(Reuters) - The National Basketball Association’s Board of Governors on Tuesday unanimously approved the sale of the Sacramento Kings to a California investor group, effectively ending a tug-of-war with competing potential bidders, one of whom had hoped to move the team to Seattle, a league official said.
The deal to sell a majority stake in the team to investors led by tech developer and philanthropist Vivek Ranadive followed months of wrangling between Seattle-based investors who wanted the team to replace its beloved Seattle SuperSonics franchise lost in 2008, and California investors who wanted it to stay put.
The deal replaces an earlier agreement struck in January between the Kings’ current owner, the Maloof family, which has made real estate and other investments in the western United States, and Seattle-based investors led by hedge fund manager Chris Hansen, Microsoft Corp Chief Executive Steve Ballmer and others.
The new deal for a 65 percent stake is expected to close late on Friday and values the franchise at roughly $535 million, according to a source close to the negotiations.
“Congrats to Vivek & the new ownership group!” Sacramento Mayor Kevin Johnson, a former NBA player who mounted a campaign to keep the team in California, wrote on Twitter. “NBA’s unanimous vote sends a strong statement of support for the Kings’ bright future in Sac!”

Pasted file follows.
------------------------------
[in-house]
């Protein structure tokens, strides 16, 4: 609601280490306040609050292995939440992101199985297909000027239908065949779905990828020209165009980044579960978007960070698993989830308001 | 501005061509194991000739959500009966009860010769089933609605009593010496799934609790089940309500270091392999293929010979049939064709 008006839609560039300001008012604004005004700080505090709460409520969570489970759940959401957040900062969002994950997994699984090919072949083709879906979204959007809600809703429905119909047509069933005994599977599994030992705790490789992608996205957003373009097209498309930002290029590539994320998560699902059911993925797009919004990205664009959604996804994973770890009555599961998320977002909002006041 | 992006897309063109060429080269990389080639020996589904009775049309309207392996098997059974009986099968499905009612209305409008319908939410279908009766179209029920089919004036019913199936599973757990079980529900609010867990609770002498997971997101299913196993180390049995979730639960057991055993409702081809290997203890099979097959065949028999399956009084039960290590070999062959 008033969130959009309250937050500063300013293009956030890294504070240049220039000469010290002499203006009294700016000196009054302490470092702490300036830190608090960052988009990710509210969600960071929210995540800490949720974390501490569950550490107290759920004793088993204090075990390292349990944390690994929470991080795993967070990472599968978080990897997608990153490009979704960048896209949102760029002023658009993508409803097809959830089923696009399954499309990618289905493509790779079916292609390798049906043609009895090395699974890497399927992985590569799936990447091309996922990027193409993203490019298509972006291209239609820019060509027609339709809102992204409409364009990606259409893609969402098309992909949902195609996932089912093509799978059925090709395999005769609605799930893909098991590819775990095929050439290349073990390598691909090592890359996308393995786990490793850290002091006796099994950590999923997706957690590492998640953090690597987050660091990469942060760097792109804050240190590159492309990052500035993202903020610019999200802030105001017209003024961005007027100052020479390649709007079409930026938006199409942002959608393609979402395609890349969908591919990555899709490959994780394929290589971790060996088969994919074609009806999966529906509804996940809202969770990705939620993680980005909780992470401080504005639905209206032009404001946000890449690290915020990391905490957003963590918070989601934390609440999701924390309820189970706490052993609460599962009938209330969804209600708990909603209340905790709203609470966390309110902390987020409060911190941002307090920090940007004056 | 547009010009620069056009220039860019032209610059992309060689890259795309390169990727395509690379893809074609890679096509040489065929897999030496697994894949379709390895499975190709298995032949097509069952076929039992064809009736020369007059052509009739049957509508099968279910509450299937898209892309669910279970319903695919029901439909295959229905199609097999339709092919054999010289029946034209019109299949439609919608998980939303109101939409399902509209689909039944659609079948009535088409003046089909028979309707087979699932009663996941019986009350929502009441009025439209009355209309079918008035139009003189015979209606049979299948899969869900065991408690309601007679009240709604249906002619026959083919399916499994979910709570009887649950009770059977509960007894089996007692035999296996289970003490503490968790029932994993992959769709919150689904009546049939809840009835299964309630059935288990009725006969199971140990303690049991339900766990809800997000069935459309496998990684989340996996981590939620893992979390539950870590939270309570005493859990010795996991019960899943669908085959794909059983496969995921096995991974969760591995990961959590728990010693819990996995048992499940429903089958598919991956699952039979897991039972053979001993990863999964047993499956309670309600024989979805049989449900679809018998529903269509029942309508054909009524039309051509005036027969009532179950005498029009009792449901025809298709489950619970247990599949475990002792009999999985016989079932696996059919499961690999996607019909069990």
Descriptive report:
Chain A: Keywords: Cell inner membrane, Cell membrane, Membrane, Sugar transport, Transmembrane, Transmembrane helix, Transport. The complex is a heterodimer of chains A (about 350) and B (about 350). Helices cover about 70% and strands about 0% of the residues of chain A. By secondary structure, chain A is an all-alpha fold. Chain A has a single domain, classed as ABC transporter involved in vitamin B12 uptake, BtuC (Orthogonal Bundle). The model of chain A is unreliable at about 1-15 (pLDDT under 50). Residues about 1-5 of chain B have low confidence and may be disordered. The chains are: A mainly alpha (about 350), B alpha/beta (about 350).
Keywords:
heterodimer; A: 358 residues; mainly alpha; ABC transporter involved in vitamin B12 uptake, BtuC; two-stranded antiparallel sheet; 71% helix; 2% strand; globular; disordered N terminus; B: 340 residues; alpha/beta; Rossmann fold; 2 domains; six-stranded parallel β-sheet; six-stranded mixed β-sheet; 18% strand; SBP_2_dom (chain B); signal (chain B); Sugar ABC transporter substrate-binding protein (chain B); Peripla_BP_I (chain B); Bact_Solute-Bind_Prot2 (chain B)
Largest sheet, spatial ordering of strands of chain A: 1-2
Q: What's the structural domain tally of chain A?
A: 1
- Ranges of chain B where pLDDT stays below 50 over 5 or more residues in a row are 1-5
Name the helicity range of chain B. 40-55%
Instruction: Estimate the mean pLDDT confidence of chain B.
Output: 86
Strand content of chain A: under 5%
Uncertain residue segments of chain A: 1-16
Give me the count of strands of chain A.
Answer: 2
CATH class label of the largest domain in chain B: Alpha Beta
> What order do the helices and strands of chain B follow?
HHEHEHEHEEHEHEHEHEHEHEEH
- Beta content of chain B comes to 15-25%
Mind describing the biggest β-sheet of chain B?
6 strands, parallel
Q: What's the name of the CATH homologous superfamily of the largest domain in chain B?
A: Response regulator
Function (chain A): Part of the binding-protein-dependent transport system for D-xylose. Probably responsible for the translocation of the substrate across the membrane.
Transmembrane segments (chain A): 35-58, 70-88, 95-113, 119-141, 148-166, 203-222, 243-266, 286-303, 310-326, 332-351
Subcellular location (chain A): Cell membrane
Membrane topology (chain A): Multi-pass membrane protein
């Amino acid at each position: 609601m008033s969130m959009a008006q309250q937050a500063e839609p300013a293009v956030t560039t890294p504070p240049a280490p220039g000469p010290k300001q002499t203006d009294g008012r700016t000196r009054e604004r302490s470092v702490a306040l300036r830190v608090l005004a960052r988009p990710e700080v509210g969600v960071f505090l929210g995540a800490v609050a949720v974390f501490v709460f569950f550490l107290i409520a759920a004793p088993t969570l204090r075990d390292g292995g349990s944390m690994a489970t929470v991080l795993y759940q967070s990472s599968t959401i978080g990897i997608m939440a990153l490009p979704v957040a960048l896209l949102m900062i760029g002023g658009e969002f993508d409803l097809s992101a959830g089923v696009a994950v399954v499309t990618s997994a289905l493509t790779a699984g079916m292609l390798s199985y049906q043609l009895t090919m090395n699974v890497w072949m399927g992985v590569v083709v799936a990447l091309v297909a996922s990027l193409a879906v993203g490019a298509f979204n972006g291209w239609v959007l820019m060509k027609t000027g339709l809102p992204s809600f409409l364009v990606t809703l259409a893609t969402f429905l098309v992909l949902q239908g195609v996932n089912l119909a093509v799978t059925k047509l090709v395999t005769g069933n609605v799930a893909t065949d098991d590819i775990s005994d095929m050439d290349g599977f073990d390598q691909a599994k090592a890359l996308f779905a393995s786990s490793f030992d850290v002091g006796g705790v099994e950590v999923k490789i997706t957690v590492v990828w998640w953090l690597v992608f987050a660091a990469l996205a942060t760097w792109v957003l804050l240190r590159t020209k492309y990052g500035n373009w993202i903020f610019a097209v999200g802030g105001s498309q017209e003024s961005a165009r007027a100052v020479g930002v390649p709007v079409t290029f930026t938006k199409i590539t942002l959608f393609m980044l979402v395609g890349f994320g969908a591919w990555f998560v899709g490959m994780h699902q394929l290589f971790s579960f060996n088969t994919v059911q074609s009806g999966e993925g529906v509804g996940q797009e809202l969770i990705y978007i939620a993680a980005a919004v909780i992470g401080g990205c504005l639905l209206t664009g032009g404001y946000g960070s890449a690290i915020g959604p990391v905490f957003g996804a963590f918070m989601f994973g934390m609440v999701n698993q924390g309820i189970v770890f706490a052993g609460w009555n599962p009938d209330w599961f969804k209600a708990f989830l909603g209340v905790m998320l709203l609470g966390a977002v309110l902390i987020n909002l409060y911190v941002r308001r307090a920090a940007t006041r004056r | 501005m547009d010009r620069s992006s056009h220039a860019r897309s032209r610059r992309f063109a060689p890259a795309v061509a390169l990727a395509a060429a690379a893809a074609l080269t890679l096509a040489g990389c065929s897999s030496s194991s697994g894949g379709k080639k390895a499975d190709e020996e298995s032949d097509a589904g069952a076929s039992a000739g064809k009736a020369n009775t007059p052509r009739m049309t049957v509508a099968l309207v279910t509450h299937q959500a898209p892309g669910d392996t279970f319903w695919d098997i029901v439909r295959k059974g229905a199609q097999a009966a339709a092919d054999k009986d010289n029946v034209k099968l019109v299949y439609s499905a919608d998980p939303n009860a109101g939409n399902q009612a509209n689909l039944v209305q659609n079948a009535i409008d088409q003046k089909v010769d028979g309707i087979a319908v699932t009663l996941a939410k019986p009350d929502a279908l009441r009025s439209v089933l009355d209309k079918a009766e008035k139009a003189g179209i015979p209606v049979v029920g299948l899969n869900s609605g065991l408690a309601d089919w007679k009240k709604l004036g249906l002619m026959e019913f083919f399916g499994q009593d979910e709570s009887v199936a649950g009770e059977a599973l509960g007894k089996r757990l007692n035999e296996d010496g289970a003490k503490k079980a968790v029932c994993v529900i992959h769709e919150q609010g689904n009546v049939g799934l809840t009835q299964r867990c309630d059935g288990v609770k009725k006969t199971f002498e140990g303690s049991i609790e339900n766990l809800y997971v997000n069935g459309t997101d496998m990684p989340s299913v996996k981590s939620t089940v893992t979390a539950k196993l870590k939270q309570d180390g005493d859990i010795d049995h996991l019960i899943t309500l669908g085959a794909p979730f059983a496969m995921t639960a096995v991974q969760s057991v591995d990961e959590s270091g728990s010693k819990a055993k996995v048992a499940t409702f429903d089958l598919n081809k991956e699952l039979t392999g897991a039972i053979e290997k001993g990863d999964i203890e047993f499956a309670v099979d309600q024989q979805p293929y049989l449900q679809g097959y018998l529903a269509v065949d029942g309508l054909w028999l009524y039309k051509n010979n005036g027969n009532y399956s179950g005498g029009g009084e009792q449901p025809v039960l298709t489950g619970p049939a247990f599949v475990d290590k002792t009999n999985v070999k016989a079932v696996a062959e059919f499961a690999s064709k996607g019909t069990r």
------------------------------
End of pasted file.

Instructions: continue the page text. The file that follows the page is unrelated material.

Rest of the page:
Johnson has said the investor group behind the deal includes 24-Hour Fitness founder Mark Mastrov, members of the Jacobs family with ties at Qualcomm Inc, and others from California. Ex-Facebook Inc executive Chris Kelly has also been identified as an investor.
“It is an honor and a privilege to be part of such an amazing community,” Ranadive, the Chairman and CEO of business software maker Tibco Software Inc, tweeted on Tuesday.
Ranadive and his group also plan for a new downtown arena.
Fund-manager Hansen has long vowed to bring a team back to Seattle and rename it the SuperSonics after the team the city lost to Oklahoma City.
As wrangling over the team mounted, Hansen increased his bid for a controlling interest in the Kings to $406 million, which valued the team at an unprecedented $625 million. He already has a deal with the city to build a new arena.
But last month, a committee of NBA owners voted that the team should stay in Sacramento.
Reporting by Eric M. Johnson; editing by Cynthia Johnston, G Crosse